Bizarre Christmas Toys that Broke Sales Records

Some toys never should have sold, and yet they became blockbusters, earning fortunes and delighting the masses.


1: The Hula Hoop – In the early 1950s, Arthur Melin bought the rights to the Hula Hoop for $100. A lousy HUNDRED BUCKS!

Everyone, including market researchers, thought it was a ridiculous fad that wouldn’t last because hey, it was a big plastic circle.

But Melin started an aggressive marketing campaign, convincing toy stores to stock the Hula Hoop and promoting it heavily on television.

Here’s the kicker: Each store gave away a few hula-hoops. Once kids saw a hula-hoop in action, they ran home to demand their parents buy them one, too.

This resulted in a massive sales boom, with over 25 million Hula Hoops sold in just four months.

And for a hundred-dollar investment. That just blows my mind.

Lesson: Try giveing away free samples.


2: The Pet Rock – This is everybody’s favorite example of a product that never should have sold. I mean, who’s going to buy it, right?

In 1975, Gary Dahl was inspired by friends’ complaints about their pets to create a pet that was “always happy, never hungry, and never needs to be walked.”

He sold rocks in cardboard boxes with straw bedding and an instruction manual for $3 each. Despite its absurdity, The Pet Rock became a sensation, with over 5 million sold in just six months.

The success of The Pet Rock was attributed to its novelty humor and clever marketing campaign, which capitalized on the trend of “useless” products.

Lesson: If you can create or capitalize on a popular trend, you can make money.


3: Rubik’s Cube – This seemingly simple puzzle was dismissed by toy manufacturers because of its complexity and lack of appeal.

But Erno Rubik’s persistence and clever marketing strategies, including competitions and speed-solving demonstrations, turned the Rubik’s Cube into a global phenomenon with over 450 million units sold worldwide.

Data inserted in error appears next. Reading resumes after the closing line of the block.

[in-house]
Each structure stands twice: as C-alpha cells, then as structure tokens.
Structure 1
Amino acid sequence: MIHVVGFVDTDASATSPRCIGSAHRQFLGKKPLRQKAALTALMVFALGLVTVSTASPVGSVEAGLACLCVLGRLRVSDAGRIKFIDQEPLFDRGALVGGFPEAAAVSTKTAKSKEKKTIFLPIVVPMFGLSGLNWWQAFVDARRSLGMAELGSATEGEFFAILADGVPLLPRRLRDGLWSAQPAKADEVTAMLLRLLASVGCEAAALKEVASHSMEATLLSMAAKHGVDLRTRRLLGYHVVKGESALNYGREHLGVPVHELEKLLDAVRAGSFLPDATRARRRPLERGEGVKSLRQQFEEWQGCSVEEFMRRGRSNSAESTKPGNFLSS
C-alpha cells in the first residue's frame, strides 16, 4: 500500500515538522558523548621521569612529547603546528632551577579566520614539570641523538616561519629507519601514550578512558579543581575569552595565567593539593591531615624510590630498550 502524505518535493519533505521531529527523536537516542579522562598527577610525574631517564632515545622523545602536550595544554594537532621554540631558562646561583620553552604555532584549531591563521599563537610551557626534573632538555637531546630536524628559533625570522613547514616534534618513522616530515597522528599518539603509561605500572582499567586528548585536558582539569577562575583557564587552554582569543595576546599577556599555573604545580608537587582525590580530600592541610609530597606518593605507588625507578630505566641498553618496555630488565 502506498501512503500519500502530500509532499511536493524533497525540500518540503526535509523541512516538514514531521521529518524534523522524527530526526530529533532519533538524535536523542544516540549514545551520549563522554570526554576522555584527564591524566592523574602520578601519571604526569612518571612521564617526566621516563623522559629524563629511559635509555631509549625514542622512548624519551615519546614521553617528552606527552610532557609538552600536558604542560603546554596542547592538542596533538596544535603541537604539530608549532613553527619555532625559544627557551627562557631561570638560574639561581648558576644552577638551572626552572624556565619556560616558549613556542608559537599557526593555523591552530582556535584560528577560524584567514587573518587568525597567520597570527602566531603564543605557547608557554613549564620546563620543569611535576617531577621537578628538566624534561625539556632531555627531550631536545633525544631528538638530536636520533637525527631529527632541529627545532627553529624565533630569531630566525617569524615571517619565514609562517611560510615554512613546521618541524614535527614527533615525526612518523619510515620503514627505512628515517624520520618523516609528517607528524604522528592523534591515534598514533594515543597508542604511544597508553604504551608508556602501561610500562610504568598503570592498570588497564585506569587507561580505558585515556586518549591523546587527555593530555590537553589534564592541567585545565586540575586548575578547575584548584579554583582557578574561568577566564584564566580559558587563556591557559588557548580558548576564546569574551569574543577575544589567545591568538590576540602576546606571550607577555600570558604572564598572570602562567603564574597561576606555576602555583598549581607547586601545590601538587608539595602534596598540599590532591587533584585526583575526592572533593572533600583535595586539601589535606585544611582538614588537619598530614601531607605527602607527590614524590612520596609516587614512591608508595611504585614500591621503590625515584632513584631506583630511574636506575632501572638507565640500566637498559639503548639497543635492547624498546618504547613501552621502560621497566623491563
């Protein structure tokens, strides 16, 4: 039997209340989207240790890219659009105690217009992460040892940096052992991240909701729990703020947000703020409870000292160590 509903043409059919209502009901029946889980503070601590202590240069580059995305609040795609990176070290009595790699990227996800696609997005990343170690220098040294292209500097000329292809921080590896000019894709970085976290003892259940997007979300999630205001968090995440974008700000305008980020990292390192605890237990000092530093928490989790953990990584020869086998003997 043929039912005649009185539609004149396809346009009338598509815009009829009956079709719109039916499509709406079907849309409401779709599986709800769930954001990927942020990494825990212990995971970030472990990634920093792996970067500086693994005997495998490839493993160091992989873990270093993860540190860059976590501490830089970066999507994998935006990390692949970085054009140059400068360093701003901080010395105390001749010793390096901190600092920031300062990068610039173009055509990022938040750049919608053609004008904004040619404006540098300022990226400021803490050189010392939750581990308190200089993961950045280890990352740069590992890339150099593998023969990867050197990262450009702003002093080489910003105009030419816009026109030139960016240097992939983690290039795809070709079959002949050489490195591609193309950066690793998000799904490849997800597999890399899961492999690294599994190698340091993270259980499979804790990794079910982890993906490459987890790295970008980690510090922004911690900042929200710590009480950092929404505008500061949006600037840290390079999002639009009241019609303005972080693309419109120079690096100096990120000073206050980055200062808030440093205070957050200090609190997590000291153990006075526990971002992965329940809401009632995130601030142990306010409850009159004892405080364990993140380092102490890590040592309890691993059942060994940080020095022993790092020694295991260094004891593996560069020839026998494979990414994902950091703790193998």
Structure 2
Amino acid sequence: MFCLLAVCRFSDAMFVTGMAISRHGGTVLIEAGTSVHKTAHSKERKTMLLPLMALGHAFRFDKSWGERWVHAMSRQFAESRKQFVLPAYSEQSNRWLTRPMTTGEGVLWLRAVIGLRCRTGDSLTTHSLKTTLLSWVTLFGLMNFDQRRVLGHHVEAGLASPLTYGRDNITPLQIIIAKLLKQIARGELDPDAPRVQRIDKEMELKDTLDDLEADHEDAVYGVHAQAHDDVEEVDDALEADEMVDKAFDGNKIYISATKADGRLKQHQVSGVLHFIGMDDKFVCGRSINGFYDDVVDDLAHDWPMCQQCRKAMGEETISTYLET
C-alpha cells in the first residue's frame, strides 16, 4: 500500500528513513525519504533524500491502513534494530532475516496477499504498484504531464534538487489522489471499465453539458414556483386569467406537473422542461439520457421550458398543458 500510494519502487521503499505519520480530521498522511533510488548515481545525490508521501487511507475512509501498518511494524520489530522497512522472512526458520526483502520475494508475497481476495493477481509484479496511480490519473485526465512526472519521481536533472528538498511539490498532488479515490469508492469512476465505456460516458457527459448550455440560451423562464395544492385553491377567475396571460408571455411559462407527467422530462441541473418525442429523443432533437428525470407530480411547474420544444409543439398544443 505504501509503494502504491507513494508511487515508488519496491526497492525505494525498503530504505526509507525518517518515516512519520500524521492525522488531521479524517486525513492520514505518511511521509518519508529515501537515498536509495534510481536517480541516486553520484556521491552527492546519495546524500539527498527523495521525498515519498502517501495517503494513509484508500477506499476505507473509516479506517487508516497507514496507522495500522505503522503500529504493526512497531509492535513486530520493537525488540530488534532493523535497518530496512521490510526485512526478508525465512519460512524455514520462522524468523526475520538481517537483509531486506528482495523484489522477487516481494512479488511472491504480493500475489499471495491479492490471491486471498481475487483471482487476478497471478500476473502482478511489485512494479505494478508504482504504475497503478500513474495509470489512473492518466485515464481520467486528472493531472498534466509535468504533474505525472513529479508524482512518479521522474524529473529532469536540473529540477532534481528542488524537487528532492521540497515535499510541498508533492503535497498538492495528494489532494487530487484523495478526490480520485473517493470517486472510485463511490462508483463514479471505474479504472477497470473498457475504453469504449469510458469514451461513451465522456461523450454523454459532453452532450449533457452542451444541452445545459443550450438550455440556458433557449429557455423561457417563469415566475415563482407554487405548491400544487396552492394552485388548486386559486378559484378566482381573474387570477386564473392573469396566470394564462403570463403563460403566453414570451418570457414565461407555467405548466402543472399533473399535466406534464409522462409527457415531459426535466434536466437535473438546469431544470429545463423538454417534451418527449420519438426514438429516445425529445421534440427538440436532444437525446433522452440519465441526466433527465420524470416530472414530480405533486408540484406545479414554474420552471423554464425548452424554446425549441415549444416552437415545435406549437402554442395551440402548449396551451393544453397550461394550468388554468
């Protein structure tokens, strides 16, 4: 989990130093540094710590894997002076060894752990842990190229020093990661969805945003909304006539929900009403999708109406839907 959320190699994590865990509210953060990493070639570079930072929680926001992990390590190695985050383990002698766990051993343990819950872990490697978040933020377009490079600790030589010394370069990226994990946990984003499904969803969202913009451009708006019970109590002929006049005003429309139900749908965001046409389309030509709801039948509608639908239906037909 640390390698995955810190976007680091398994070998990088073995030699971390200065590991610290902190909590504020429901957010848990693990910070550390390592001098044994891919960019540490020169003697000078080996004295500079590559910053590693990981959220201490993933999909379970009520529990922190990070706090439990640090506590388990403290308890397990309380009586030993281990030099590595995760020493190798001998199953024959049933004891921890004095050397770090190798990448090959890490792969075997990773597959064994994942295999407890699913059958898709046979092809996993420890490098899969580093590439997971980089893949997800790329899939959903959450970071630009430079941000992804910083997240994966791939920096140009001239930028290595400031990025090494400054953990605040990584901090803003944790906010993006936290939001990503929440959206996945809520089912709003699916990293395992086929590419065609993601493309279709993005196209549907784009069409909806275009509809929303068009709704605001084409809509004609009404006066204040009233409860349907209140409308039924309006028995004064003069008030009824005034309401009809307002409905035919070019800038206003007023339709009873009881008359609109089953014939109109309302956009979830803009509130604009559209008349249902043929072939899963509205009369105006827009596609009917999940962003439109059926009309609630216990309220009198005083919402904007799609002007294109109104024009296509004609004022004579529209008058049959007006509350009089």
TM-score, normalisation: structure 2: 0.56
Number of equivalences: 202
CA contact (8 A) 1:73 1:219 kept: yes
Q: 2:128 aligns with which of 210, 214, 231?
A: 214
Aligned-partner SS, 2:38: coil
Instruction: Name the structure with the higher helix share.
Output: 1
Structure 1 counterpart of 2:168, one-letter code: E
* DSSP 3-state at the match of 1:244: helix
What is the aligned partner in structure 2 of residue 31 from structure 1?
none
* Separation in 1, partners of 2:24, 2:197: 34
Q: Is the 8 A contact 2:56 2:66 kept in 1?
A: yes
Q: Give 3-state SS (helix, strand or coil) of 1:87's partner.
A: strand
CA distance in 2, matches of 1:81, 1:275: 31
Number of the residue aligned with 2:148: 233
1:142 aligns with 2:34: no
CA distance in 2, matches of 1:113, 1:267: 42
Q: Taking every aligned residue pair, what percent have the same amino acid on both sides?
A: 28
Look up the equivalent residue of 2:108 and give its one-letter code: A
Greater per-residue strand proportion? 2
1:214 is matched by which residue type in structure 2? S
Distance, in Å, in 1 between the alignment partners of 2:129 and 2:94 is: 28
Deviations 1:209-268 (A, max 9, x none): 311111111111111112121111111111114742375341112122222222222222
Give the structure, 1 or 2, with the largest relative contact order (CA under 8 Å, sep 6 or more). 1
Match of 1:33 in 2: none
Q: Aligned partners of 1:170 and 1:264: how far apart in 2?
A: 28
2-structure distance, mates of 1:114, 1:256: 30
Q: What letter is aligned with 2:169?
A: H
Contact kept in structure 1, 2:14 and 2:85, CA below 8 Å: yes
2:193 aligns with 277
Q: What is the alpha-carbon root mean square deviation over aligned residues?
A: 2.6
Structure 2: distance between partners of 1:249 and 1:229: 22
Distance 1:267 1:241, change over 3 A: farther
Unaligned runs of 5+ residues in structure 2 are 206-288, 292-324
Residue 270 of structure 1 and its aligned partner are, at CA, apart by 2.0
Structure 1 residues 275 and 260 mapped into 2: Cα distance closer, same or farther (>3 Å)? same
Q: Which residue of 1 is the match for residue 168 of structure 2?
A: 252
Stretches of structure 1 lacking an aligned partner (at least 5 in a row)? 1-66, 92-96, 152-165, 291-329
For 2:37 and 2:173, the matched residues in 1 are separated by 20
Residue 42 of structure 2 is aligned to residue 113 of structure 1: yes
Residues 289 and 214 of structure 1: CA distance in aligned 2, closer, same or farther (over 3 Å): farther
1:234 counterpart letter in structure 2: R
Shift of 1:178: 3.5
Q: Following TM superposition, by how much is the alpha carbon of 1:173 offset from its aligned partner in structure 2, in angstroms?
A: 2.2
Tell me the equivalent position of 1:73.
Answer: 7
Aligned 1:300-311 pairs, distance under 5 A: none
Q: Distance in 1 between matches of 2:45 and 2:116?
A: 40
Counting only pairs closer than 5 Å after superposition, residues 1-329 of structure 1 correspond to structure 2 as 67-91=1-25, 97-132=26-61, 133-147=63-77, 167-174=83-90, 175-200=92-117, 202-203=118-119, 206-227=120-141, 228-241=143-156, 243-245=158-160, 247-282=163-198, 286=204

Lesson: Don’t always believe the ‘experts’ when they tell you it won’t work.


4: The Chia Pet – In 1977, Joseph Pedott was attempting to grow chia seeds in a decorative pottery piece. The “Chia Pet” concept was initially met with skepticism, but Pedott’s innovative marketing campaign, featuring catchy jingles and celebrity endorsements, sparked a craze.

Chia Pets became a popular gift item and cultural icon, generating significant profits for Pedott.

Lesson: Influencer marketing and catchy jingles work.


5: Slinky – In 1943, Richard James accidentally dropped a coil spring from his desk, which began to “walk” across the floor. Inspired, he developed the Slinky toy, initially marketing it at department stores with limited success. However, a demonstration on the Queen of Hearts TV show catapulted the Slinky into the spotlight, leading to massive sales and solidifying its place as a beloved toy.

Lesson: Get an influencer to demonstrate your product to their audience.


6: Silly String – In 1965, Ruth Handler, co-founder of Mattel, noticed her daughter playing with empty spray cans and string. This inspired her to develop Silly String, a sprayable string that could be used for playful mischief. Despite initial concerns about safety and mess, Silly String became a popular toy, especially among children, and remains a mainstay in party stores and toy aisles.

Lesson: Ideas are everywhere if you keep your eyes and mind open.


7: Poopsie Slime Surprise – This toy, featuring a unicorn-shaped container filled with slime and collectible unicorn figurines, initially appeared unremarkable. However, the surprise element of finding unique figurines, combined with cleverly designed packaging and social media buzz, propelled Poopsie Slime Surprise into a viral sensation, selling millions of units and leaving store shelves empty.

Lesson: Never underestimate the value of surprise gifts. Cracker Jacks and breakfast cereals used these to great effect in years gone by.


7.5: Hatchimals – These interactive toys, concealed within speckled eggs that “hatched” after being cared for, captured the imagination of children and adults alike. The anticipation and surprise of the hatching process, coupled with the adorable characters and interactive features, fueled a massive demand for Hatchimals, making them one of the hottest holiday gifts in recent years.

Lesson: Build anticipation, surprise and interaction into your product whenever possible.


These examples highlight the power of unconventional marketing strategies and the unpredictable nature of consumer behavior. Sometimes, the most unexpected ideas can turn into huge successes, proving that “impossible” is just a matter of perspective and execution.


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